Now that the bowl season and College Football Playoff have concluded, college sports fans are shifting their attention from football to basketball in anticipation of March Madness.
Although I'm a huge sports fan and ran track at school, I won't be watching any men's college basketball this spring. Not because I don't support the athletes. Rather, I can't endorse a system that exploits football and basketball players so that "nonrevenue" athletes like me — runners, tennis players, golfers, gymnasts, swimmers — can both play and study.
Unlike college athletes who bring in revenue, nonrevenue athletes get to earn quality degrees. We are the beneficiaries of college athletics. Meanwhile, the professionalism required of big-time college football and basketball athletes leaves no time for the "student" part of the student-athlete equation.
As an undergraduate student and track and field athlete at University of North Carolina, I was the prototypical athlete you learn about in NCAA messaging: Elite athletics enhanced my education as I earned my degree to "go pro" in something other than sports. (Although I did also go pro in my sport.)
I never spent more than 20 hours per week in practice and competition, my coaches always prioritized academics over athletics, and my experiences launched me on a path to earning my Ph.D. As a graduate student at Arizona State University, I was an NCAA national champion in the 10,000-meter run.
NCAA rules stipulate that they cannot not be paid, despite the massive amounts of money their athletic performances generate. Instead, some of those dollars subsidize idyllic student-athlete experiences like mine.
I embraced the weekly grind of the college athlete lifestyle, much like they did. I hit hard workouts, lifted weights and completed my prehab and rehab in the training room. But, unlike them, my sport responsibilities ended there. While they memorized playbooks, studied films and fulfilled media obligations, I escaped to the library in what became a love affair with history.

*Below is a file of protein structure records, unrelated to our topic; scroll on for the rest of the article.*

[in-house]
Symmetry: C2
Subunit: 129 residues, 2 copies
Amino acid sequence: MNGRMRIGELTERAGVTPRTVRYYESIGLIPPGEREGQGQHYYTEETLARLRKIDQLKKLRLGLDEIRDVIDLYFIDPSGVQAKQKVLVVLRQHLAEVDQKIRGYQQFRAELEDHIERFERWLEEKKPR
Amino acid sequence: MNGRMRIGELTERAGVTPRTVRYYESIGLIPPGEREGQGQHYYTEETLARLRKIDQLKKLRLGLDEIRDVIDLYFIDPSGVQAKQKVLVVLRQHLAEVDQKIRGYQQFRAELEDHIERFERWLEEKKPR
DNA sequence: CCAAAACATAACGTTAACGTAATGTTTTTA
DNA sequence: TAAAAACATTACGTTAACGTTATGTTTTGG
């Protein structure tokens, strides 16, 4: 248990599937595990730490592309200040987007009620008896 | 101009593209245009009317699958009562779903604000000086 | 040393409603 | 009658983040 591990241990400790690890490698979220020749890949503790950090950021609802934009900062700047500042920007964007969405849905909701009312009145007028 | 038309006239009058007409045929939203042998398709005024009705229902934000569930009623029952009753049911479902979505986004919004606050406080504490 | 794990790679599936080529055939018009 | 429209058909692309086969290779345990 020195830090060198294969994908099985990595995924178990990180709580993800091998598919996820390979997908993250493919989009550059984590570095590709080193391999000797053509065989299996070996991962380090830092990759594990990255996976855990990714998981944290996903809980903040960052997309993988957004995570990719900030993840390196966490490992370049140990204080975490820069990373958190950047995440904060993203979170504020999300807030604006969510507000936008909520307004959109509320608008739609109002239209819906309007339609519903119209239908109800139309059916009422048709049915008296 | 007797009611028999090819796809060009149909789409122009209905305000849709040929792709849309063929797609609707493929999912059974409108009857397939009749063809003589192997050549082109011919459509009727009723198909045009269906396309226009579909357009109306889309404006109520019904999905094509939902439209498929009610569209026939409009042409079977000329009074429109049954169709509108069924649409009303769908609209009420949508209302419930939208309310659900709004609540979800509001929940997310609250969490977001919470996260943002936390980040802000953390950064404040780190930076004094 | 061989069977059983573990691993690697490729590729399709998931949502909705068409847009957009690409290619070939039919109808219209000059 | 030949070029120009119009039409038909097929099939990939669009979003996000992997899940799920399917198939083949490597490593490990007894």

Thanks to the labor of football and basketball players, I did not pay for college, took full advantage of attending one of the top public universities in the nation, and traveled to cool places on the school's dime.
It may be difficult to view revenue-generating players as exploited. They are celebrated with grandiose pageants on ESPN and CBS. And we are all familiar with the stereotype of college football and basketball stars — entitled jocks who benefit from world-class athletic facilities, gourmet training tables, academic support centers, game rooms with all the bells and whistles, and travel on chartered airplanes.
But for those who don't go on to make millions as pros after graduation — and the vast majority of Division I football players don't — the NCAA narrative simply doesn't apply.
This divide correlates with race. Nonrevenue athletes are mostly white, while revenue-sport athletes are disproportionately black. This is especially true at the most elite sports schools, the Power Five conferences.
According to a study by Dr. Shaun R. Harper, black men represent 2.8% of undergraduate students at UNC, but 62% of the school's basketball and football players. These athletes graduate at a rate of 45%, compared with 72% for all athletes, 74% for black males, and 90% for all students.
If you are black and male and you do not play sports — well, good luck gaining admission to schools like UNC. If you are admitted, be prepared to field regular inquiries about which sport you play.
Why have we allowed college sports and institutions of higher education to develop and maintain this divide? To paraphrase Nikole Hannah-Jones on school segregation in this country, white people want it this way.
White Americans tend to pat ourselves on the back for providing some disadvantaged minorities a lottery ticket out of an otherwise bleak future, instead of acknowledging that it amounts to just that — a lottery ticket.
Let's be real. In big-time college sports, majority-black teams entertain majority-white crowds. Mostly white head coaches make millions, and the mostly black players don't make any money beyond their scholarships. These students have little time for academics and therefore don't graduate at the same rates as the general student body or the nonrevenue athlete peers.
This college sports system contributes to the undervaluing of black lives in American society and our institutions. The predominantly white privilege of playing college sports while earning a quality degree comes at the expense of — is literally paid for by — the educationally unequal experiences of mostly black football and basketball players.
Let's call this system what it is: 21st century Jim Crow.
Victoria L. Jackson is a sports historian at Arizona State University and former collegiate track star.